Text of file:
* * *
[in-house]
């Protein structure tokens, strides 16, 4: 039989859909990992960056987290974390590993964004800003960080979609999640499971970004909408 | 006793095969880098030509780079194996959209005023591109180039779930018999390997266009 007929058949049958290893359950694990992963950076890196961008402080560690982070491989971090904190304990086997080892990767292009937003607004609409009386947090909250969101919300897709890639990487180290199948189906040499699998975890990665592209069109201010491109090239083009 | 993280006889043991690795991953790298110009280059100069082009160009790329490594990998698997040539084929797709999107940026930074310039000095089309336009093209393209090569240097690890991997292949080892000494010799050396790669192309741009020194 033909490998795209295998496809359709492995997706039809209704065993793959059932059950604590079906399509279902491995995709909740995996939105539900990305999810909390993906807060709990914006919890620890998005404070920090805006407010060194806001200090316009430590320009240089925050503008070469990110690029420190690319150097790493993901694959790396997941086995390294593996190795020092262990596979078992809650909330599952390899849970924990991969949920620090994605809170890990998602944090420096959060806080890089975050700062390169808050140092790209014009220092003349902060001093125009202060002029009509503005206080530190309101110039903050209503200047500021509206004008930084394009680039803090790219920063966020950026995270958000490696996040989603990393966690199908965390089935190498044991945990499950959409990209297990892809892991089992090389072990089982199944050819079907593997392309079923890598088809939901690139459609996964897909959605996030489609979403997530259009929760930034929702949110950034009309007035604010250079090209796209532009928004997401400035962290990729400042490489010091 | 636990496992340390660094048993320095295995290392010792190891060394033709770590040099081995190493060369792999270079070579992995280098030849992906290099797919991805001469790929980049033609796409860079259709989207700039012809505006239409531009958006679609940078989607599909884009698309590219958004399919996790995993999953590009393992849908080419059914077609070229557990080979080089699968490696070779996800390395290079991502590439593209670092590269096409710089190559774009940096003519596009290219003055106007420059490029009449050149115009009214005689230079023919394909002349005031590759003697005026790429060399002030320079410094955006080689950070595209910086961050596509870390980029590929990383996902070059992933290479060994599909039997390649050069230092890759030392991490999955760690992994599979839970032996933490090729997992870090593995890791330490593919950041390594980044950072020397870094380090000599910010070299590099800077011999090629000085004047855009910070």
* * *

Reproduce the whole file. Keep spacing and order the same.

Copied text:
[in-house]
């Protein structure tokens, strides 16, 4: 039989859909990992960056987290974390590993964004800003960080979609999640499971970004909408 | 006793095969880098030509780079194996959209005023591109180039779930018999390997266009 007929058949049958290893359950694990992963950076890196961008402080560690982070491989971090904190304990086997080892990767292009937003607004609409009386947090909250969101919300897709890639990487180290199948189906040499699998975890990665592209069109201010491109090239083009 | 993280006889043991690795991953790298110009280059100069082009160009790329490594990998698997040539084929797709999107940026930074310039000095089309336009093209393209090569240097690890991997292949080892000494010799050396790669192309741009020194 033909490998795209295998496809359709492995997706039809209704065993793959059932059950604590079906399509279902491995995709909740995996939105539900990305999810909390993906807060709990914006919890620890998005404070920090805006407010060194806001200090316009430590320009240089925050503008070469990110690029420190690319150097790493993901694959790396997941086995390294593996190795020092262990596979078992809650909330599952390899849970924990991969949920620090994605809170890990998602944090420096959060806080890089975050700062390169808050140092790209014009220092003349902060001093125009202060002029009509503005206080530190309101110039903050209503200047500021509206004008930084394009680039803090790219920063966020950026995270958000490696996040989603990393966690199908965390089935190498044991945990499950959409990209297990892809892991089992090389072990089982199944050819079907593997392309079923890598088809939901690139459609996964897909959605996030489609979403997530259009929760930034929702949110950034009309007035604010250079090209796209532009928004997401400035962290990729400042490489010091 | 636990496992340390660094048993320095295995290392010792190891060394033709770590040099081995190493060369792999270079070579992995280098030849992906290099797919991805001469790929980049033609796409860079259709989207700039012809505006239409531009958006679609940078989607599909884009698309590219958004399919996790995993999953590009393992849908080419059914077609070229557990080979080089699968490696070779996800390395290079991502590439593209670092590269096409710089190559774009940096003519596009290219003055106007420059490029009449050149115009009214005689230079023919394909002349005031590759003697005026790429060399002030320079410094955006080689950070595209910086961050596509870390980029590929990383996902070059992933290479060994599909039997390649050069230092890759030392991490999955760690992994599979839970032996933490090729997992870090593995890791330490593919950041390594980044950072020397870094380090000599910010070299590099800077011999090629000085004047855009910070």